Posted by: Bob Payne | November 18, 2011

Ecosystem management and forestry planning in Labrador: how does Aboriginal involvement affect management plans?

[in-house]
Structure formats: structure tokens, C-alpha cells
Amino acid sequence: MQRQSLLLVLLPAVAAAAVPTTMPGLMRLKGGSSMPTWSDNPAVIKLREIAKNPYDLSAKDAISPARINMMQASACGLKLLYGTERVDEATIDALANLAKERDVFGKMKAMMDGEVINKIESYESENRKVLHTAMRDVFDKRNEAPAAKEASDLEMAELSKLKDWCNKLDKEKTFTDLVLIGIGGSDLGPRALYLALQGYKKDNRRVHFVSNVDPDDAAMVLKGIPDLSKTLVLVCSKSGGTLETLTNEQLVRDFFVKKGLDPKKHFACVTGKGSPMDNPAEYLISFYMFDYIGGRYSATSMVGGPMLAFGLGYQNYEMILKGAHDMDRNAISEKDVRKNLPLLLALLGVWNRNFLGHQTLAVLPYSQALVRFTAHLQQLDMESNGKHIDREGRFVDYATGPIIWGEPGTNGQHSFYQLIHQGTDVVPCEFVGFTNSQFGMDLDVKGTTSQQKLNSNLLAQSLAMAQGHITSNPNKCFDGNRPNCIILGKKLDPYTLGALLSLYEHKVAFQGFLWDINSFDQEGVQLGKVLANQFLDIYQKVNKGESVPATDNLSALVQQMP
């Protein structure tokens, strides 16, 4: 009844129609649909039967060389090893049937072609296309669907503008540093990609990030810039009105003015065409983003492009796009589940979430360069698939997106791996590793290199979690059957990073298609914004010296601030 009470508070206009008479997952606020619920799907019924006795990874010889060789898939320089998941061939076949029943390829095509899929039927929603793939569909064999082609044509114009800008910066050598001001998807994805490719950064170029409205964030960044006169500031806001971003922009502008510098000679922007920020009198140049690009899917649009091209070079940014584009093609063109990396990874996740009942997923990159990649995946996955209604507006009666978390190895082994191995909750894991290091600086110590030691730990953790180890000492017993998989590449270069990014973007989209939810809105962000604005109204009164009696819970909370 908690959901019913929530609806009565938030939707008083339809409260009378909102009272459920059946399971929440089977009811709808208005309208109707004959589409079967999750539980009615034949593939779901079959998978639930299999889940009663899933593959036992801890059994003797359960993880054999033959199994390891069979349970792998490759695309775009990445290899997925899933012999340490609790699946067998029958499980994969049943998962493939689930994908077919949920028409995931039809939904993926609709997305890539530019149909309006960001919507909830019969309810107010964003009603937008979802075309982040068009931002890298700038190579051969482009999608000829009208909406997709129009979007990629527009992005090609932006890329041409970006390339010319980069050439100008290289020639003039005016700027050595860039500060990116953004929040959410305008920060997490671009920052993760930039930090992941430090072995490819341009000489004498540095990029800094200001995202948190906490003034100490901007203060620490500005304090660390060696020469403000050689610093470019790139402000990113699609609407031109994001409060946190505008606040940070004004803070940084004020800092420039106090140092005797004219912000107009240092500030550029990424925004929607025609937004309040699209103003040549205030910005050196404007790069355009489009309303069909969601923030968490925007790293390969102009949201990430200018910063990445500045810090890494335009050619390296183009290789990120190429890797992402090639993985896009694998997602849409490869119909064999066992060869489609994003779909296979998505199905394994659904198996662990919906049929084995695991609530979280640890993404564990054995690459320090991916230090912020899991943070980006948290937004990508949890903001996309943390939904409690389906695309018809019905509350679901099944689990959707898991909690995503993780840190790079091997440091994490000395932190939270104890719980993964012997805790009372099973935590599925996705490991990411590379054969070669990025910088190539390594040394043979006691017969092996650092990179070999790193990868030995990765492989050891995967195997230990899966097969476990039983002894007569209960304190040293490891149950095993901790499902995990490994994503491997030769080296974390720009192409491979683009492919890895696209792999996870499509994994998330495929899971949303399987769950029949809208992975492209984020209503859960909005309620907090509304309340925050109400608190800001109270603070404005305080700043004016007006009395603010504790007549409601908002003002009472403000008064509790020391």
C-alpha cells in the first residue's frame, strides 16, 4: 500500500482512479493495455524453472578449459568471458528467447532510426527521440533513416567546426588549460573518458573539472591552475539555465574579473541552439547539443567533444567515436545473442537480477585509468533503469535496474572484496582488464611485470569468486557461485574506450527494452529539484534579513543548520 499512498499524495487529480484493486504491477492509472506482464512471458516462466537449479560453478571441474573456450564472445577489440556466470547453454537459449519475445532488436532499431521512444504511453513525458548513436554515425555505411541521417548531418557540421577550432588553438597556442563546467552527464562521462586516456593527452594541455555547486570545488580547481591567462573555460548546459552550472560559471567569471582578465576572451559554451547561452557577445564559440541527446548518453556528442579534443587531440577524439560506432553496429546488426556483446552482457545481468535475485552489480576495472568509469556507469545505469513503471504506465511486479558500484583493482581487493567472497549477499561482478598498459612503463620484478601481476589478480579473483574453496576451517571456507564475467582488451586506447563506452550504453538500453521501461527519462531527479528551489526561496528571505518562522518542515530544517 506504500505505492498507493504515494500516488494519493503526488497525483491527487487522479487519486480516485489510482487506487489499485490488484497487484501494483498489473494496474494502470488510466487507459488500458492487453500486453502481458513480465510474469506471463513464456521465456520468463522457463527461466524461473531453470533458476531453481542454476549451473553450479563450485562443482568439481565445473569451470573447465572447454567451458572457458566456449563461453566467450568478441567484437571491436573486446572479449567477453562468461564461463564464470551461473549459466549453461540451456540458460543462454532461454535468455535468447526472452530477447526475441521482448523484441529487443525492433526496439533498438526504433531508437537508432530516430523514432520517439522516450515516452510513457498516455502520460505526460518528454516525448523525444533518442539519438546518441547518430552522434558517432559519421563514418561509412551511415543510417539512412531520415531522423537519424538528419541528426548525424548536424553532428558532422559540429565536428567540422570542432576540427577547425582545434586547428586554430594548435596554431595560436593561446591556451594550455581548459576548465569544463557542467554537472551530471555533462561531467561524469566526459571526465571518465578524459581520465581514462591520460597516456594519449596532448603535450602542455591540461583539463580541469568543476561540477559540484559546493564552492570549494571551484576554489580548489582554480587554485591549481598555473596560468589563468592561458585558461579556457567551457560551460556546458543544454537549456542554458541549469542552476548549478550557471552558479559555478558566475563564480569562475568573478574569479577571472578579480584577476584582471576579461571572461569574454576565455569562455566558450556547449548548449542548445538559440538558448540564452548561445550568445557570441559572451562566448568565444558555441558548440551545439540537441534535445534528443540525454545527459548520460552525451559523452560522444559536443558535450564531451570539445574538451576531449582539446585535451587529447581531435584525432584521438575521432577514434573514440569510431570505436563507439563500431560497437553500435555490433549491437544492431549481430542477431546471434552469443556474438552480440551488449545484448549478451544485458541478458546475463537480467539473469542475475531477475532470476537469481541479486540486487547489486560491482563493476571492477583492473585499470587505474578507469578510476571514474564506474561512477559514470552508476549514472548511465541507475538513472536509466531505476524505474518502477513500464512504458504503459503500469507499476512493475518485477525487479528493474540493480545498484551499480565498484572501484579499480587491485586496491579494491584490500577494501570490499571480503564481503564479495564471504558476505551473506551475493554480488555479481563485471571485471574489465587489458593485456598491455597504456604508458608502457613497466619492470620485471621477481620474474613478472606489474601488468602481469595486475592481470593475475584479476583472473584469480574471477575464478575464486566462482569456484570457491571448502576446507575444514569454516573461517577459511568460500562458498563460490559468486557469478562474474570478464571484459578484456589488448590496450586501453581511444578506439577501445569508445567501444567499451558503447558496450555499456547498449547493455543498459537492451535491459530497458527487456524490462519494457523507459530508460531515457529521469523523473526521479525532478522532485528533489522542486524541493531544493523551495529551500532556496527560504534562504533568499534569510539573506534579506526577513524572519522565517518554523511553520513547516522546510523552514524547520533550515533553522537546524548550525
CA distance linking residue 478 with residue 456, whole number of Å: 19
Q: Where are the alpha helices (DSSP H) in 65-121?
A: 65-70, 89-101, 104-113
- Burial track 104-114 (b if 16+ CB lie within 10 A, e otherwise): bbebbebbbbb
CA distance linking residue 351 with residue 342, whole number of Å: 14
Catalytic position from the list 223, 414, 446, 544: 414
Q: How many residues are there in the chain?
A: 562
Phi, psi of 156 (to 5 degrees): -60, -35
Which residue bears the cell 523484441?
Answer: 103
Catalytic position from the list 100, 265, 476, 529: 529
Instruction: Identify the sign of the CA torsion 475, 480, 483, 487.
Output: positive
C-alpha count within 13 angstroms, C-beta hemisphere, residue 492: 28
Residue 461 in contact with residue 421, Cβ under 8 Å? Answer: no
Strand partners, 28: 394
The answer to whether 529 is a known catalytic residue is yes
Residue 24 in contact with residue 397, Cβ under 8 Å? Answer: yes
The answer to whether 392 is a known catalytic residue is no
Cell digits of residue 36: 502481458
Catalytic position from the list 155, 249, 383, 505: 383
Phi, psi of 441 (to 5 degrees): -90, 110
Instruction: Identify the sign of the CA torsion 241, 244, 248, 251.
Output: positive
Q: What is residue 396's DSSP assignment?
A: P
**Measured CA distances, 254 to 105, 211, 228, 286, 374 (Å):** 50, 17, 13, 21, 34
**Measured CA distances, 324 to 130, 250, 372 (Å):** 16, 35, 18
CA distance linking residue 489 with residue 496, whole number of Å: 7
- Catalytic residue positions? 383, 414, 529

Aboriginal peoples are increasingly being invited to participate in sustainable forest management processes as a means of including their knowledge, values, and concerns. However, it is justifiable to ask if this participation does lead to changes in forest management plans and to outcomes in management activities. We review four forest management plans over 10 years (1999–2009) in Labrador, Canada, to determine if increasing involvement by the Aboriginal Innu Nation has led to changes in plan content. We also compare these plans with three plans from another forest management district where there is no Innu presence and with two provincial forest strategies . Analysis shows that Labrador plans prepared since 2000, when the Innu and the provincial government established a collaborative process, are different from all other plans reviewed. Four principal characteristics distinguish these plans: a structure based around ecological, cultural, and economic landscapes, a network of cultural and ecological protected areas, increased attention to social and cultural values, and greater emphasis on research and monitoring.

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